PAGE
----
Friday, September 21, 2012

British Museum uses its loaf as Pompeii exhibits come to town

Inline image 1

A loaf of bread which was put in the oven in AD79 and removed from it in the 1930s, and a charred baby's cradle which still rocks almost 2,000 years after its owner died, are some of the objects coming to the British Museum this spring for its exhibition on one of the most famous disasters in history: the eruption of Vesuvius.
As well as the objects which surrounded them in life, there will be casts made from the bodies of those who died in 79AD, when the monstrous eruption blew off the entire top of the mountain and engulfed the Roman towns of Pompeii and Herculaneum.

The six casts of those who died choking in the ash which fell like snow or were poisoned by noxious gases, include the most famous dog from the ancient world, frozen in time writhing against its collar and the rope which still tied it to a stake as it died. It was found just a few yards from an equally famous mosaic, which is also coming, originally guarding the threshold of a house in Pompeii, of a prancing red-collared black and white dog with the warning Cave Canem.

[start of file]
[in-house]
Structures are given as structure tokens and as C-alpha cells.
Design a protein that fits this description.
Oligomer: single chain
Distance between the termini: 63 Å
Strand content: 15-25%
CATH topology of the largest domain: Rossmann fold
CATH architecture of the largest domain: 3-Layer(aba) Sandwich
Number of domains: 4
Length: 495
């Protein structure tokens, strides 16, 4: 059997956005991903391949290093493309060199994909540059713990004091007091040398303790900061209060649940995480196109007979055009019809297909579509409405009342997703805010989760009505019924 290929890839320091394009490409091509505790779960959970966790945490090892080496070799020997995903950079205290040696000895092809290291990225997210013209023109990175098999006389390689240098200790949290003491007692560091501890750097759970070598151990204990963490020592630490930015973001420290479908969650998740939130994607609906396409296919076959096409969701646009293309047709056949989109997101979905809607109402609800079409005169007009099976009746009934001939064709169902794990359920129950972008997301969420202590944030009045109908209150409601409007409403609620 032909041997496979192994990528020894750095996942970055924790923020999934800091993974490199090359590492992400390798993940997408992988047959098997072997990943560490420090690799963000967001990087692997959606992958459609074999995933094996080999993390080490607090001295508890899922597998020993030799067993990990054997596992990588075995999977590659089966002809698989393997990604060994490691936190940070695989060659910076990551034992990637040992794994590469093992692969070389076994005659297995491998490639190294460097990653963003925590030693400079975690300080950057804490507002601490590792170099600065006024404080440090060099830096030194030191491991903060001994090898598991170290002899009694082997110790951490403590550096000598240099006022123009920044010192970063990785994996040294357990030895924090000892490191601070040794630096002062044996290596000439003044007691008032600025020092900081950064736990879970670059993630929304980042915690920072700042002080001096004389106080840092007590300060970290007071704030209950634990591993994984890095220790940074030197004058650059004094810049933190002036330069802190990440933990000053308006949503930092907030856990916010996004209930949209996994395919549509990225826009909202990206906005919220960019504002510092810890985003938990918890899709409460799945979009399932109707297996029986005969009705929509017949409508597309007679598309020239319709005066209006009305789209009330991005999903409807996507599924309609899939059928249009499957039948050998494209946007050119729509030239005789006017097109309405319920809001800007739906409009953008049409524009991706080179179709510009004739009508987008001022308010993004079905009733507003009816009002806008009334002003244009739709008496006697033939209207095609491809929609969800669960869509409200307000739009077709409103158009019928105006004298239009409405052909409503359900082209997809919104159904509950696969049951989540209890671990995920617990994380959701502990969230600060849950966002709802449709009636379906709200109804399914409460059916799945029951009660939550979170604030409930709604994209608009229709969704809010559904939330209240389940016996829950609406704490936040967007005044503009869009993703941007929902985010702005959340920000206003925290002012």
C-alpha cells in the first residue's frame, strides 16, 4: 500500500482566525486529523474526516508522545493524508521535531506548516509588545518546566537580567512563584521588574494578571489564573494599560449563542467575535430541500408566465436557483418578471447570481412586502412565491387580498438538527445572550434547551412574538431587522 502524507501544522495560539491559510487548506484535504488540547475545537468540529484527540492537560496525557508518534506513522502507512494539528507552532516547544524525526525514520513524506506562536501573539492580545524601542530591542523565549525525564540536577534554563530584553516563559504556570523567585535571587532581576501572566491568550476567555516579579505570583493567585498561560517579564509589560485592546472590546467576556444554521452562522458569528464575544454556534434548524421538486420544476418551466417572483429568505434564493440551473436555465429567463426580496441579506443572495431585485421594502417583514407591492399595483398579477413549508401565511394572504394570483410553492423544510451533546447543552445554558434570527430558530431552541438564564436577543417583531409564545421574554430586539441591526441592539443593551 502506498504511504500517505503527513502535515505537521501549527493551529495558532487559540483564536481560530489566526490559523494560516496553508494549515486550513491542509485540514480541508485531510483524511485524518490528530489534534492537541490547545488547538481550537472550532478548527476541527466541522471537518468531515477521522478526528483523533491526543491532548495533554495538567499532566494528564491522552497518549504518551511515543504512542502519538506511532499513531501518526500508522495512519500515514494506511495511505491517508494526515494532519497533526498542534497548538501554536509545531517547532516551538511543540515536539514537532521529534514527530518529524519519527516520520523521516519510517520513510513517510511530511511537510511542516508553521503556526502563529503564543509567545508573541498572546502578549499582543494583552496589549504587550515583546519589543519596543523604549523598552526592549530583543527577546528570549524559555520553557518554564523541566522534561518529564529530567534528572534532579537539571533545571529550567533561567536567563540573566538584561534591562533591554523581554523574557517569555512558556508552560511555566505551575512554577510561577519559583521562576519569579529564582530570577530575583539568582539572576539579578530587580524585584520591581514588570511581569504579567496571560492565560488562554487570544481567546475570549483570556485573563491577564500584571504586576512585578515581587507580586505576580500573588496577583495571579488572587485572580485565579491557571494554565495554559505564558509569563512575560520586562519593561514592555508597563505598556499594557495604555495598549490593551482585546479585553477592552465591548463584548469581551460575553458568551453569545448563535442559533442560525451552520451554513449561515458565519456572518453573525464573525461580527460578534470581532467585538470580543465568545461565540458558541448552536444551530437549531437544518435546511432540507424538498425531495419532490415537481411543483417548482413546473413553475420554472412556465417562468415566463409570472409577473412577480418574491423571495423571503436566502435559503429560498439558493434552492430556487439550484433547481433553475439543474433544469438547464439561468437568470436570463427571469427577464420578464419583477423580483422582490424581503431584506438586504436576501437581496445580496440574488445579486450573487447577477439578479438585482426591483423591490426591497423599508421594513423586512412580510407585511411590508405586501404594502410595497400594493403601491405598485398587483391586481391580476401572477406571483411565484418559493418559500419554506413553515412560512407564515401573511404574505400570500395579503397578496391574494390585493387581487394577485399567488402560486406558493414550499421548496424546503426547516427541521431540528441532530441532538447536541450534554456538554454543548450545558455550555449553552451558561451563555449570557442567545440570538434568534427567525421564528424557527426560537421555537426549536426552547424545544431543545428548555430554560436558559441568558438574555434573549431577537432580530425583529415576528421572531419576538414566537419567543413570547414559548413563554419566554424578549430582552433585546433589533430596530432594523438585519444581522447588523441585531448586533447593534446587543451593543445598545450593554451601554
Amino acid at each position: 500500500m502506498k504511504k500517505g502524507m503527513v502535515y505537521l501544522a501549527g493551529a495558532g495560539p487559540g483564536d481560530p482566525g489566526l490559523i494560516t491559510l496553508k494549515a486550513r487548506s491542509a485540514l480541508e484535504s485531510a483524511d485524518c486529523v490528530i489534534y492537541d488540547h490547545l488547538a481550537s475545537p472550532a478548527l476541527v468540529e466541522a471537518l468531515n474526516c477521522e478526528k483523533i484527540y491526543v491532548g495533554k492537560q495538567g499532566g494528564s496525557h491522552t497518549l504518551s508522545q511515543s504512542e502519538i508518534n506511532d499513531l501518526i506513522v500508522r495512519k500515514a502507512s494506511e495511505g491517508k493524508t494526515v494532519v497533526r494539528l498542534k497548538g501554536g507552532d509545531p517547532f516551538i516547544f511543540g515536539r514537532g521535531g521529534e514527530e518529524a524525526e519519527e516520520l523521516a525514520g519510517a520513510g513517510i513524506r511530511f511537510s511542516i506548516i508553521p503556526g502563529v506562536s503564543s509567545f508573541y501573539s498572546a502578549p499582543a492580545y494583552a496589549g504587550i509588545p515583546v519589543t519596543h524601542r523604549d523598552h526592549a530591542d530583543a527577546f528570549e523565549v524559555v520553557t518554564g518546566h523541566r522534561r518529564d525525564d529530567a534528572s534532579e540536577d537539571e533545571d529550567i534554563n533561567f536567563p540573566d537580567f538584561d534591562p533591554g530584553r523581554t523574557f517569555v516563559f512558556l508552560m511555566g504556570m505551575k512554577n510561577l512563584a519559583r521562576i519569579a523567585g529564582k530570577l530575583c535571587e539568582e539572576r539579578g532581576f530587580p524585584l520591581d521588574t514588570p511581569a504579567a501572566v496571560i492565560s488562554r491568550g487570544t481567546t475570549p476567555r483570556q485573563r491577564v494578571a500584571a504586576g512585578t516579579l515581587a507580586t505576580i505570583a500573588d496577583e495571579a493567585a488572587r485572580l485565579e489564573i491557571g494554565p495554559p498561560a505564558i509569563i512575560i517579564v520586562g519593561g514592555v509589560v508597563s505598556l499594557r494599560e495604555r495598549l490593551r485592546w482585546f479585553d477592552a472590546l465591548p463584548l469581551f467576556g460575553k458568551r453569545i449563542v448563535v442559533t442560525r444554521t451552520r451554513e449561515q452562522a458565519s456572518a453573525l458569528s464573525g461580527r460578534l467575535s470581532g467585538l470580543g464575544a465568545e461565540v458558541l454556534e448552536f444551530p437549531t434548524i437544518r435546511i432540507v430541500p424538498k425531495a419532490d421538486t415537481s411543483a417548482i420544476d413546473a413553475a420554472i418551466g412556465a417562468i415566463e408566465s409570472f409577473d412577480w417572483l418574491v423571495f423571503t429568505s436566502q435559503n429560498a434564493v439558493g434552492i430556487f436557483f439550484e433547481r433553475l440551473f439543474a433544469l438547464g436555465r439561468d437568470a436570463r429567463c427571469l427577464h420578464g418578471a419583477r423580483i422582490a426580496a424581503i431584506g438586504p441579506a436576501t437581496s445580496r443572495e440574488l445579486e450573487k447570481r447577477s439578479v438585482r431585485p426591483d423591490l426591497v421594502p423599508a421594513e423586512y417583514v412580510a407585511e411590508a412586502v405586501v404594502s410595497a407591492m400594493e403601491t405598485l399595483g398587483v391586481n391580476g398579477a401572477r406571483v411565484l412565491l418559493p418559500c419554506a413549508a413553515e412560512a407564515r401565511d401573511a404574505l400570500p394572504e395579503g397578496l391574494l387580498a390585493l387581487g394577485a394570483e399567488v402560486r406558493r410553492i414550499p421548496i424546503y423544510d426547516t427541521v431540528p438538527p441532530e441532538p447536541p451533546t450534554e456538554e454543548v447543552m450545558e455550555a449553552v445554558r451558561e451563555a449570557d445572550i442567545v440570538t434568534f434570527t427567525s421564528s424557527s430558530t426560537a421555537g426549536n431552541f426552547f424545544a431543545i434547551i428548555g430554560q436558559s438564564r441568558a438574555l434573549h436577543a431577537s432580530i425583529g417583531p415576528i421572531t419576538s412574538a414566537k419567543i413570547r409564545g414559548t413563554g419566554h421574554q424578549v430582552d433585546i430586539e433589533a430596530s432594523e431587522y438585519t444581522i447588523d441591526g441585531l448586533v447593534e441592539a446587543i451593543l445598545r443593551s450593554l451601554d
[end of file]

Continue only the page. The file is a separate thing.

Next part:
Among thhe items coming to the exhibition are the remains of an entire family, two adults and two children, found cowering under a staircase in Pompeii. The casts were made in a technique invented in the 19th century to preserve the most moving testimony to the catastrophe by pouring plaster into the voids in the ash left as bodies decomposed, preserving the people as they fell – covering their heads, curled up like babies, or struggling to shelter a child.

The two towns were different in life and death. Herculaneum was overwhelmed by a fiery pyroclastic flow hot enough to evaporate human flesh, so fast and furious that charred food remained on carbonised tables from meals that were never eaten. The town was buried 80 feet deep, and only a third of it has been excavated. Pompeii choked more slowly, and the tops of buildings were left sticking out of the ash field, so as early as Roman times people burrowed into the ruins for building materials and works of art.

Via British Museum uses its loaf as Pompeii exhibits come to town